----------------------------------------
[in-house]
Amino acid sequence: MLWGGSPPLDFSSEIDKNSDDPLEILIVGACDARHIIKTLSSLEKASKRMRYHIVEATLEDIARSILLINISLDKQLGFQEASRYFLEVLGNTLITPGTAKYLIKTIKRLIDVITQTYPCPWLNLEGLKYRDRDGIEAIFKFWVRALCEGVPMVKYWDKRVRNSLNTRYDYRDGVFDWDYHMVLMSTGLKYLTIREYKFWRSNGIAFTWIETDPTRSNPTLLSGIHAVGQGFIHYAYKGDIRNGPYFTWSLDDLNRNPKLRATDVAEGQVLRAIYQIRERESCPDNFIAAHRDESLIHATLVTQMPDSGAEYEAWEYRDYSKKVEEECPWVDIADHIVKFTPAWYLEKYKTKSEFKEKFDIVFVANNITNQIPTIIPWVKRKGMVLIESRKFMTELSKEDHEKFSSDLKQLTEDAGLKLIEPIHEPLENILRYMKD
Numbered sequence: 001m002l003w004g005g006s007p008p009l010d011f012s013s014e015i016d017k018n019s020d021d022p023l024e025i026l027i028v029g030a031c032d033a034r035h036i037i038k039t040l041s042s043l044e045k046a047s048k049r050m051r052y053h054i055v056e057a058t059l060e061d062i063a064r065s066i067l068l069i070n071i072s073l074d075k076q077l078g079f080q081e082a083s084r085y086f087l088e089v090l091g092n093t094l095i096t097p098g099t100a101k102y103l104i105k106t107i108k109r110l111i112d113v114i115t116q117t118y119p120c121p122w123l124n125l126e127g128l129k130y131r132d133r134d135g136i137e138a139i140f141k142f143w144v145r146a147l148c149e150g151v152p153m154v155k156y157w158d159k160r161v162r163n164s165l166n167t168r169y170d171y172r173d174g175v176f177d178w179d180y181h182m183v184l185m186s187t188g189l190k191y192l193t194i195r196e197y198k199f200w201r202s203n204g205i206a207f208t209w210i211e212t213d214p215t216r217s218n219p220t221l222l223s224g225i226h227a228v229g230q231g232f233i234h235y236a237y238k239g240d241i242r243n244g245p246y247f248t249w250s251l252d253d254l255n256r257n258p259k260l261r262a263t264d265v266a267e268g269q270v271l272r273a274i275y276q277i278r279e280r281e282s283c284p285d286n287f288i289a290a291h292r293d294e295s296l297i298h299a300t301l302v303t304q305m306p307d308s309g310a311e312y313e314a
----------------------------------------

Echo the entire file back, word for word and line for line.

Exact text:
[in-house]
Amino acid sequence: MLWGGSPPLDFSSEIDKNSDDPLEILIVGACDARHIIKTLSSLEKASKRMRYHIVEATLEDIARSILLINISLDKQLGFQEASRYFLEVLGNTLITPGTAKYLIKTIKRLIDVITQTYPCPWLNLEGLKYRDRDGIEAIFKFWVRALCEGVPMVKYWDKRVRNSLNTRYDYRDGVFDWDYHMVLMSTGLKYLTIREYKFWRSNGIAFTWIETDPTRSNPTLLSGIHAVGQGFIHYAYKGDIRNGPYFTWSLDDLNRNPKLRATDVAEGQVLRAIYQIRERESCPDNFIAAHRDESLIHATLVTQMPDSGAEYEAWEYRDYSKKVEEECPWVDIADHIVKFTPAWYLEKYKTKSEFKEKFDIVFVANNITNQIPTIIPWVKRKGMVLIESRKFMTELSKEDHEKFSSDLKQLTEDAGLKLIEPIHEPLENILRYMKD
Numbered sequence: 001m002l003w004g005g006s007p008p009l010d011f012s013s014e015i016d017k018n019s020d021d022p023l024e025i026l027i028v029g030a031c032d033a034r035h036i037i038k039t040l041s042s043l044e045k046a047s048k049r050m051r052y053h054i055v056e057a058t059l060e061d062i063a064r065s066i067l068l069i070n071i072s073l074d075k076q077l078g079f080q081e082a083s084r085y086f087l088e089v090l091g092n093t094l095i096t097p098g099t100a101k102y103l104i105k106t107i108k109r110l111i112d113v114i115t116q117t118y119p120c121p122w123l124n125l126e127g128l129k130y131r132d133r134d135g136i137e138a139i140f141k142f143w144v145r146a147l148c149e150g151v152p153m154v155k156y157w158d159k160r161v162r163n164s165l166n167t168r169y170d171y172r173d174g175v176f177d178w179d180y181h182m183v184l185m186s187t188g189l190k191y192l193t194i195r196e197y198k199f200w201r202s203n204g205i206a207f208t209w210i211e212t213d214p215t216r217s218n219p220t221l222l223s224g225i226h227a228v229g230q231g232f233i234h235y236a237y238k239g240d241i242r243n244g245p246y247f248t249w250s251l252d253d254l255n256r257n258p259k260l261r262a263t264d265v266a267e268g269q270v271l272r273a274i275y276q277i278r279e280r281e282s283c284p285d286n287f288i289a290a291h292r293d294e295s296l297i298h299a300t301l302v303t304q305m306p307d308s309g310a311e312y313e314a